At Home: Canada’s immigration stats changing
Statistics Canada says that the ethnicity of Canada is changing. Groups that make up what are considered Canada’s visible minorities are now larger than ever before. The statistical agency tells us that a full 16 per cent of the Canadian population comprises those minorities. This translates into over five million people nationwide.
Visible minorities in Canada include those of Chinese descent, South Asians, Filipinos, Latin Americans, blacks, and Koreans, among others.
Although the term ?visible minorities? was called a racist term in 2007 by the United Nations Committee on the Elimination of Racial Discrimination, Statistics Canada continues to use it in regard to the ethnic groups immigrating to Canada. The employment equity policy of the Canadian government also uses the term to help identify those who can benefit from targeted employment programs.
The majority of Canada’s visible minorities primarily make two Canadian areas home, as Toronto and Vancouver continue to draw by far the highest numbers of these immigrants.
In fact, approximately 43 per cent of the entire population of Toronto now comprises visible minorities. Vancouver is nearly the same, with approximately 42 per cent of its total population being from these groups.
Statistics show that the vast majority of immigrants from such minorities settle in major metropolitan areas within Canada, even if Toronto or Vancouver are not their destinations. The shortage of workers in places like Alberta still does not translate into a higher percentage of immigrants settling there, where jobs are plenty.
As CTV News reports, Stats Canada states that in 2006 more than two hundred ethnic origins were represented in Canada’s immigrants. Worldwide, Canada is still considered to have one of the friendliest policies toward the immigration of ethnically diverse groups. Currently, Canada could not maintain its population base without massive immigration, as the birth rate continues to remain lower than at any time in history.
In Foreign News: UK immigration policy changing
Britain has moved ahead this week with new regulations on immigration. Prime Minister Gordon Brown has said that while Britain is still ?happy to look at what you have to offer to our country,? there will be a new system for managing all the immigration applications.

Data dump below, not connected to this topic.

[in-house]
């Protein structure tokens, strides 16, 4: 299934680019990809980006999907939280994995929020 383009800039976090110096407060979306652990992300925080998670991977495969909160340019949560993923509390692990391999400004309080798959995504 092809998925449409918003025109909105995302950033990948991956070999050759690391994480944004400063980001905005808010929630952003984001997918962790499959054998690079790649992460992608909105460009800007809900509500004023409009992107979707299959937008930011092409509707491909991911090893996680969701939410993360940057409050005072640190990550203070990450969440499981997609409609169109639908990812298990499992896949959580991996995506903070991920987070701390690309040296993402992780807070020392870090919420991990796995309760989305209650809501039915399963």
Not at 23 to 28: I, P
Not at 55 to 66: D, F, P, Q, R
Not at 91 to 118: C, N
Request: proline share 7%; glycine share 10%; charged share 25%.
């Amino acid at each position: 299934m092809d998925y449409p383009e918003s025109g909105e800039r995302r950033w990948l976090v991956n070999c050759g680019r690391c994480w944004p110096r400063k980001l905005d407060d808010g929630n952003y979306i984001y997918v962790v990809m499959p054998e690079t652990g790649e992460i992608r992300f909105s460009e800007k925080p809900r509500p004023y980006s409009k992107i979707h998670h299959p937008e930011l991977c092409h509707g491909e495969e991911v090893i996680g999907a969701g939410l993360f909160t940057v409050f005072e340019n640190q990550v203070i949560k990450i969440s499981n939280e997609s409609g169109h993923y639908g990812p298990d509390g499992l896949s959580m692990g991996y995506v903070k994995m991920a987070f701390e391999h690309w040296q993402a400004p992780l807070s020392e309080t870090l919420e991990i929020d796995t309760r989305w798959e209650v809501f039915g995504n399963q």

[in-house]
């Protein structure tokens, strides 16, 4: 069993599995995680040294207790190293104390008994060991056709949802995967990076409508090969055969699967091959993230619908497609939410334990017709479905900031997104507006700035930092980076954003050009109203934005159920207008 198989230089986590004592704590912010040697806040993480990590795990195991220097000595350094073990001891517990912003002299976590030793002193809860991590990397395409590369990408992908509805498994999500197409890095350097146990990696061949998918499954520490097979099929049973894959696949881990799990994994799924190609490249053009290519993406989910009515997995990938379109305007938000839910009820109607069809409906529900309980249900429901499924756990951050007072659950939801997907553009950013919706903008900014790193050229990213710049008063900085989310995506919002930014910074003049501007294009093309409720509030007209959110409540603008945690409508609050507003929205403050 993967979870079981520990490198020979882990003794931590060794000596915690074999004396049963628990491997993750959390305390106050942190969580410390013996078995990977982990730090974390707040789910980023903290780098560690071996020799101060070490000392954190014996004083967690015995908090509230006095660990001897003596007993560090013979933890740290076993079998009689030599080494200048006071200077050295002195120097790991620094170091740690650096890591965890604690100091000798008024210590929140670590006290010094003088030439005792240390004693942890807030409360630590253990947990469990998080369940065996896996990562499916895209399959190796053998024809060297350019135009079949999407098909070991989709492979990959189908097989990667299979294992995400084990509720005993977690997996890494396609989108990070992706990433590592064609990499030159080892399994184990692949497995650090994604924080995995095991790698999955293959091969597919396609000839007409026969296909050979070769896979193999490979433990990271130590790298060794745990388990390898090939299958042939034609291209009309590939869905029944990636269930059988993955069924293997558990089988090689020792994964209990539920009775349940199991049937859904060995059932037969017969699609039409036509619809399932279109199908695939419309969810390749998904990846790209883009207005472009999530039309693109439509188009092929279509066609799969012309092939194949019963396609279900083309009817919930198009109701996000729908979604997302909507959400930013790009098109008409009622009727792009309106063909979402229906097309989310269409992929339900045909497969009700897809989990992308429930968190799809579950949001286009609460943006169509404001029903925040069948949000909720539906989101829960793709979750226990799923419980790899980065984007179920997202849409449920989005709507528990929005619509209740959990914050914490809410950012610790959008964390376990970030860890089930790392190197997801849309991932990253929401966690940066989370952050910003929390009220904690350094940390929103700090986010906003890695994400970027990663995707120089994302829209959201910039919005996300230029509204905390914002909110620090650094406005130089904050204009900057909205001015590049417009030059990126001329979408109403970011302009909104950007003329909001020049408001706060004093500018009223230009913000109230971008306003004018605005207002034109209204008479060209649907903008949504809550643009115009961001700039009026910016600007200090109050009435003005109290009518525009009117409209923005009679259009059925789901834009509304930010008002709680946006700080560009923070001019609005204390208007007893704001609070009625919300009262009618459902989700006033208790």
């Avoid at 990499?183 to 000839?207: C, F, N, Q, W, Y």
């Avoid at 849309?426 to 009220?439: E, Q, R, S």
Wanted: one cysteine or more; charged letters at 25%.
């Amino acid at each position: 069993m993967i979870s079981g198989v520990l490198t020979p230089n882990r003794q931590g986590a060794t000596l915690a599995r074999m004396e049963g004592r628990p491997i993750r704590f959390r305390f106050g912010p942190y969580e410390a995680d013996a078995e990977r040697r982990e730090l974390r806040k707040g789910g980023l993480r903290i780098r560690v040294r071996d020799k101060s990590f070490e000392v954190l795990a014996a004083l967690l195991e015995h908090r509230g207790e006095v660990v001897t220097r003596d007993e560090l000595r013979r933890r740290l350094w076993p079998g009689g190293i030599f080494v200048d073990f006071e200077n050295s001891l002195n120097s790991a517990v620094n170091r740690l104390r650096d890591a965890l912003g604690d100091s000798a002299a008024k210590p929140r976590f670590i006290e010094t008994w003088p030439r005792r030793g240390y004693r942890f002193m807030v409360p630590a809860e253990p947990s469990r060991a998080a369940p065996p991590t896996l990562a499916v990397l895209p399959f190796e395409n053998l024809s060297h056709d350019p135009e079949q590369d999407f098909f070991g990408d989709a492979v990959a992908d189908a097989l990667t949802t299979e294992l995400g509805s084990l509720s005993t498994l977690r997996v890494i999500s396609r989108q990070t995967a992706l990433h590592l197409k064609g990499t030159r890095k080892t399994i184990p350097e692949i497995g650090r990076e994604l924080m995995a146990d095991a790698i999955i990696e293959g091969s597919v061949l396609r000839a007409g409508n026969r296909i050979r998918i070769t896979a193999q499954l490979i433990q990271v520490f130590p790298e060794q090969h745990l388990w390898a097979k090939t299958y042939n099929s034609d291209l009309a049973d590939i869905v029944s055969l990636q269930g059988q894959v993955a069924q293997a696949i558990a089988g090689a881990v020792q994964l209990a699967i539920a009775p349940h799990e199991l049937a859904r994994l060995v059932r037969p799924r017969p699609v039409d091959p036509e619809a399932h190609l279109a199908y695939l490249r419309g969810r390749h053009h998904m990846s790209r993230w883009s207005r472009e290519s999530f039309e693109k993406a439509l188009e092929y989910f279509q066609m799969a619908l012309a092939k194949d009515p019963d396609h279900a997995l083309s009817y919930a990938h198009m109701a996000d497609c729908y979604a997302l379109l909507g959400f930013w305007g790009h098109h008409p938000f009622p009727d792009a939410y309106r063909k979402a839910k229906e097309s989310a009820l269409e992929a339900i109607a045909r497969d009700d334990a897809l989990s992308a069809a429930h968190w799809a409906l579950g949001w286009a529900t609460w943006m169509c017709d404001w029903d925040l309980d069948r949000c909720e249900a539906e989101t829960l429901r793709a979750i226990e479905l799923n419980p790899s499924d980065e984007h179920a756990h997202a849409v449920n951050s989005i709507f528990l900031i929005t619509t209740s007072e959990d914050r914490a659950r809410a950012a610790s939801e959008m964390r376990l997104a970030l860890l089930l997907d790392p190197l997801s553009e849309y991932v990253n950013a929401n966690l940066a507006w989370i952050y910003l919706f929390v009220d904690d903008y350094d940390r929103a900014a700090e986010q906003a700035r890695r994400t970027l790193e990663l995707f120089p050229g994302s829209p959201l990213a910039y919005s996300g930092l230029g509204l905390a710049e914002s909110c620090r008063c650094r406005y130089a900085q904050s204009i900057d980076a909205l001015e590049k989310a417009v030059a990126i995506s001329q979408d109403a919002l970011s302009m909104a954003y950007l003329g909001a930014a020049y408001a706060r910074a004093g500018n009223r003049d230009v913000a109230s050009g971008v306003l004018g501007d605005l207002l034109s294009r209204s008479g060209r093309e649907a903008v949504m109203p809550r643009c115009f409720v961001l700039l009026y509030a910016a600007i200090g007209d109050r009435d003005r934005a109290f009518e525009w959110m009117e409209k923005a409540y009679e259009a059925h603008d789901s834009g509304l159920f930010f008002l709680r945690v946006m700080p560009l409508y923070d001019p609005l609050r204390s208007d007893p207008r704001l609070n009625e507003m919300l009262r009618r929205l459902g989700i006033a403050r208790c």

The Brits have been struggling with how to reduce the influx of workers who only possess low skill levels and to increase the immigration of highly skilled labour. Many politicians there have been working to alter the way migrant workers are judged for the value which they could bring to Britain. It is a common opinion in the British Isles that workers who only bring low levels of employment skills are not of the most benefit to Britain.
A brand new five-tiered system for assessing immigrants will help limit those approved to work there. This system requires applicants to pass an English test (unless they have a minimum of £1 million to invest in the British economy). Another criterion applicants will face with the new system is based on the current income of an applicant in their home country. Those from wealthier native countries must show higher income than those from less economically stable countries. Income levels are pre-set by British officials by country.
The full five-tiered program will not take effect immediately. The second tier will not begin until later in 2008 and focuses on filling current labour needs in Britain from immigration applicants. Later on, the rest of the five tiers will become a part of the new regulatory process. These levels of assessment will deal with matters of immigrating students, temporary workers, and younger applicants.
Britain’s latest immigration regulations will also deal with fines that will be levelled against any business found to be employing illegal immigrants.